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The macroeconomic environment is radically shifting as inflation ratchets up costs in every consumer category, including health care. AHP has already written extensively on broader inflation’s impact on trend, painting a more bearish outlook in the coming years as healthcare inflation lags CPI. Recently published URRT filings and healthcare.gov data offer insight into how health plans are responding both with their rates as well as their plan designs and cost-sharing.
Individual Exchange Summary
Combining data from healthcare.gov and URRT filings provides a unique perspective on how plan designs relate to rating information. Exhibit 1 shows some summary statistics for individual exchange plans offered through healthcare.gov in 2023. Projected member months and actuarial values come from the URRT filings, while the deductible, max out-of-pocket (MOOP), and premium come from healthcare.gov. The averages are calculated as a weighted average based on projected membership to better reflect what members actually choose.
Exhibit 1: 2023 Individual Market Summary
There are a few common themes noticeable in Exhibit 1, such as the dominant silver market share. Deductibles and MOOPs also follow typical yet noteworthy patterns: deductibles are the primary lever of cost-sharing while MOOP isn’t substantially changed until the platinum tier. These are displayed graphically in Exhibit 2, which also breaks out plan type. The graph reveals that most of the silver membership comes from HMO plans, which offer the lowest deductible.
Exhibit 2: 2023 Plan Design & Projected MM
More noteworthy observations can be made by comparing the change relative to 2022 statistics. Exhibit 3 shows these changes relative to 2022, which reflects how the market is adapting to past and anticipated market experience.
Exhibit 3: 2023 Individual Market Changes Relative to 2022
Projected membership is expected to shift away from bronze and silver plans, increasing gold and platinum. Average deductibles have dropped in all tiers. Despite the lower deductible, the actuarial value decreased in bronze and remained relatively unchanged in gold and platinum. For these tiers, carriers seem to be subtly shifting rising costs onto members while offering a “carrot” of earlier cost-sharing. This is further exemplified by the increasing max out-of-pockets for all tiers except platinum, which as mentioned before is the only tier where MOOP becomes a meaningful cost-sharing lever.
The decrease in gold premium is striking compared to the increases in other tiers. This demonstrates the impact of “premium alignment”, which Axene Health Partners has helped implement in various jurisdictions. It also helps explain the shift of membership away from bronze and silver plans towards gold. Exhibit 4 shows how bronze and gold premiums have shifted closer to silver while platinum has shifted higher.
Exhibit 4: Premium Ratios
Deep Dive: Wisconsin PCP Cost Sharing
The same data used to derive the overall summary can be used to provide deeper insights into a particular market. For example, in a competitive market such as Wisconsin, it’s important to understand how cost-sharing elements of a carrier’s plan design align with that of competitors. Exhibit 5 shows the top 5 PCP cost-sharing designs of silver plans based on the 2023 projected membership distribution.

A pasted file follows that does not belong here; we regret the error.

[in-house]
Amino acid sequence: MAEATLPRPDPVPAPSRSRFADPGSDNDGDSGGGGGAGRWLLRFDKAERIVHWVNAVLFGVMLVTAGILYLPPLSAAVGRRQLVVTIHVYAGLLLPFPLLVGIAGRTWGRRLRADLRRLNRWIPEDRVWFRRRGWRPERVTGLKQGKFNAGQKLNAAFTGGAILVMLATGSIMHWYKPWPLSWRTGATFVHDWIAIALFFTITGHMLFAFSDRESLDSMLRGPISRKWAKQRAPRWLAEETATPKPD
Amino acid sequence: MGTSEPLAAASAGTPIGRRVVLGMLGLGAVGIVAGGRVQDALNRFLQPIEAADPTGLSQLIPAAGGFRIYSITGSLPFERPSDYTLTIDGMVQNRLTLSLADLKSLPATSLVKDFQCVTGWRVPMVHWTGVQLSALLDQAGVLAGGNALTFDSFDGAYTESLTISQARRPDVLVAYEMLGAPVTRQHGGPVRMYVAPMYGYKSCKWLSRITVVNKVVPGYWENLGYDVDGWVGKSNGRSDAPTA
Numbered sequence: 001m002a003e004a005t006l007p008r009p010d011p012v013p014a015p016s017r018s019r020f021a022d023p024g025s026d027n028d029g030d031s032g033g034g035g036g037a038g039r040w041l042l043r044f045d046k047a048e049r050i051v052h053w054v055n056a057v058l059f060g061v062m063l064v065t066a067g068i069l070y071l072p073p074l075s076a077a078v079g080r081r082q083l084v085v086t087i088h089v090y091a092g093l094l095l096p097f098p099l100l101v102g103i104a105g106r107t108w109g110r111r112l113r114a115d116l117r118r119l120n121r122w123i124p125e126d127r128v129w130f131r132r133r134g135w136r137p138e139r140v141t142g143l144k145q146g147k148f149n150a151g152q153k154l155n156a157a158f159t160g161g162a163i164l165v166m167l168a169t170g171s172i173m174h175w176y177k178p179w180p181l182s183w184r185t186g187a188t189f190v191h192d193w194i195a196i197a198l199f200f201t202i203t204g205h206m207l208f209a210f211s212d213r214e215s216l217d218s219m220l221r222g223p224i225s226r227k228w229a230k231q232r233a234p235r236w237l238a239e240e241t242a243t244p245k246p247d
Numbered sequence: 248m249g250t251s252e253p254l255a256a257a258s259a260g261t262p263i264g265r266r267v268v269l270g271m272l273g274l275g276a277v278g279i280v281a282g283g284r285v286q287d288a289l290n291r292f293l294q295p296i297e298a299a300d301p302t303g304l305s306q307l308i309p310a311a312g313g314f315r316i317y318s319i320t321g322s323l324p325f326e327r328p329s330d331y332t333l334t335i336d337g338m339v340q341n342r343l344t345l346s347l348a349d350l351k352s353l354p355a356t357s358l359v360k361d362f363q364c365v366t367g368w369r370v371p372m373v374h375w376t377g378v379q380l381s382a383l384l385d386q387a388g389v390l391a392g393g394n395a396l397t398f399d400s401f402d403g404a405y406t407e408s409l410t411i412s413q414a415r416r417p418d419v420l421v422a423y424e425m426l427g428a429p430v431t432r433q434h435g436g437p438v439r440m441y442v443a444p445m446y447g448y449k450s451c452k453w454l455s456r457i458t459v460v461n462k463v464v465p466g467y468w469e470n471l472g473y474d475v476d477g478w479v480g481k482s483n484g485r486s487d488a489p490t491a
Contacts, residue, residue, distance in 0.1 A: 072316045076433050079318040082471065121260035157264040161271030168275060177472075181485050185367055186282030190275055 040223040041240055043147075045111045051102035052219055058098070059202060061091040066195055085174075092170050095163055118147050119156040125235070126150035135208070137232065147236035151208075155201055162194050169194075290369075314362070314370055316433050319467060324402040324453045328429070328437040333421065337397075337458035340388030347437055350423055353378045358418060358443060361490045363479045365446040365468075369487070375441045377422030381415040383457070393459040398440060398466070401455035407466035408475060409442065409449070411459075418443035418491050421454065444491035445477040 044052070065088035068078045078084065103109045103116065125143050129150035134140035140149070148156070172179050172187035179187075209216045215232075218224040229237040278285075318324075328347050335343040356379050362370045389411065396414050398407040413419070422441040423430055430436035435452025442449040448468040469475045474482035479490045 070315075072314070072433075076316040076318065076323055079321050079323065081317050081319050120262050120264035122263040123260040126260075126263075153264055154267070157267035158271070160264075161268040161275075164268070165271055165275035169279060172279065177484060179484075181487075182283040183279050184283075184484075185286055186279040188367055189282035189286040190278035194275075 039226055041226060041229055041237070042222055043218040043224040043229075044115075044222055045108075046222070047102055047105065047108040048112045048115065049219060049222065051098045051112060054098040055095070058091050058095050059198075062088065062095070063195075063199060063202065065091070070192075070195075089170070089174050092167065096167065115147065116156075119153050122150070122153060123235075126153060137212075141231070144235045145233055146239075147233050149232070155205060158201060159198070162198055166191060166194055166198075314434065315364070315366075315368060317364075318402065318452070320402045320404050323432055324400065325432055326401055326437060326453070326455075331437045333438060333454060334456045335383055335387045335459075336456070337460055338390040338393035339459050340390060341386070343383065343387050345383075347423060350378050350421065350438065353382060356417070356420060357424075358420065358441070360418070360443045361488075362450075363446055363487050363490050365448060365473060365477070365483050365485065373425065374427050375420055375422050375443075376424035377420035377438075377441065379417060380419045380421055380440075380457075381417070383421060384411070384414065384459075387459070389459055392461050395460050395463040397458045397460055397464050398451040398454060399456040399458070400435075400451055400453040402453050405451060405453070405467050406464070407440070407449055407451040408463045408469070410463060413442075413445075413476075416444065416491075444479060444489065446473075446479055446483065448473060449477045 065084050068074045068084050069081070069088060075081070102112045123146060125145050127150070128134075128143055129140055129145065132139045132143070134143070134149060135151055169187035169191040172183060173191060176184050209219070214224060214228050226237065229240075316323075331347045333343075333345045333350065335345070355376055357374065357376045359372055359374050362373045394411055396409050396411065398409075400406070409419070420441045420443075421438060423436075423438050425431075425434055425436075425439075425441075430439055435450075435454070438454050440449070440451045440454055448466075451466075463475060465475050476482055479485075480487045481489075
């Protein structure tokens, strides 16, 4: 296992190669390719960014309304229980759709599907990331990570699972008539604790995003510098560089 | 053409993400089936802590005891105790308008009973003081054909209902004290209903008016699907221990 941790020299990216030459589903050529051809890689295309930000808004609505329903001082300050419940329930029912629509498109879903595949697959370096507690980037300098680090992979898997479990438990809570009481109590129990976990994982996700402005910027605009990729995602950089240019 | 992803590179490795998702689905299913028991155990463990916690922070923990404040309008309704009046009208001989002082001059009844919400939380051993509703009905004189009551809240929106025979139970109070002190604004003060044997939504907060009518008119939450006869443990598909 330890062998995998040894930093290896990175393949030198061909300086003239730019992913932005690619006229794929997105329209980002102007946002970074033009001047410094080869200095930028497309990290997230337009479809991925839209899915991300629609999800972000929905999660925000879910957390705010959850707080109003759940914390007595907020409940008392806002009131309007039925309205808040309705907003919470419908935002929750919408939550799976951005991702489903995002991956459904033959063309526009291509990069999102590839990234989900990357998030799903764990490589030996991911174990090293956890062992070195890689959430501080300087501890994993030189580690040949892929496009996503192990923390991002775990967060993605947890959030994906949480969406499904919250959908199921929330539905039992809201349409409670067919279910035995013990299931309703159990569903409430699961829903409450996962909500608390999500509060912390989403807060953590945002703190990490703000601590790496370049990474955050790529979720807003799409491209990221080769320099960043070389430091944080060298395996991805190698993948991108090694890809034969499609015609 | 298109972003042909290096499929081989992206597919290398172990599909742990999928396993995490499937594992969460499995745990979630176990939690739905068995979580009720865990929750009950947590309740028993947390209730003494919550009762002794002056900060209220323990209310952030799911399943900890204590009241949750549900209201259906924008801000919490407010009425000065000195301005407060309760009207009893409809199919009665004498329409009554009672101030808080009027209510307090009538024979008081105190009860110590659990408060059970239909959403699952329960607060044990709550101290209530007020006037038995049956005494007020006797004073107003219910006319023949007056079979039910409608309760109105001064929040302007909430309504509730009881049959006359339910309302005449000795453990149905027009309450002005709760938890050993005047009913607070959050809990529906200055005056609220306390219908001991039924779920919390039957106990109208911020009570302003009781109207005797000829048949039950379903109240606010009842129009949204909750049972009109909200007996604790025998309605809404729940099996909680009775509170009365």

Exhibit 5: PCP Cost Sharing in Wisconsin
The $55 copay has the largest percentage of projected membership and is almost entirely associated with a $5,650 deductible. Meanwhile, about 45% of the members with a $30 copay are coupled with a $2,500 deductible. Naturally, the rate for the higher deductible and copay is lower; carriers in WI can observe the aggregation of membership around these plan designs and consider what other cost-sharing features might provide a competitive advantage. These types of dynamics can provide valuable strategic insights to carriers considering plan design changes for upcoming years.
PCP cost sharing in Wisconsin differs markedly from the national average. Exhibit 6 shows the top 5 PCP cost-sharing designs for silver plans offered through healthcare.gov. Most members are enrolled in plans that do not charge for PCP visits, compared to only 3.3% in Wisconsin. The average deductible for the “No Charge” plans is $4,519 which is less than the $55 copay plan in Wisconsin. Furthermore, only about 10% of members have a PCP copay of more than $50 as opposed to 36% in Wisconsin. Wisconsin carriers would be wise to consider whether the deviation from national averages presents an opportunity for a carrier to capture market share or if it’s reflective of unique Wisconsin dynamics.
Exhibit 6: Healthcare.gov PCP Cost Sharing
The same distribution can be generated for a variety of cost-sharing elements such as specialist visits, ER visits, inpatient stays, and pharmacy. Carriers can benefit from surveying competitors’ plan designs and what features seem to be correlated with high membership. Different markets may prioritize different services as utilization can vary dramatically based on geography.
As enrollees continue to face economic hardship over the next year, health plans have a variety of considerations to retain and grow membership. In 2023, plans seem to be trading lower deductibles for lower cost sharing. Even seemingly minor competitive advantages such as strategically tailoring cost sharing to a particular population can produce worthwhile returns.
About the Author
Ryan K. Bilton, FSA, CERA, MAAA is a Consulting Actuary with Axene Health Partners, LLC and is based in AHP’s Temecula, CA office.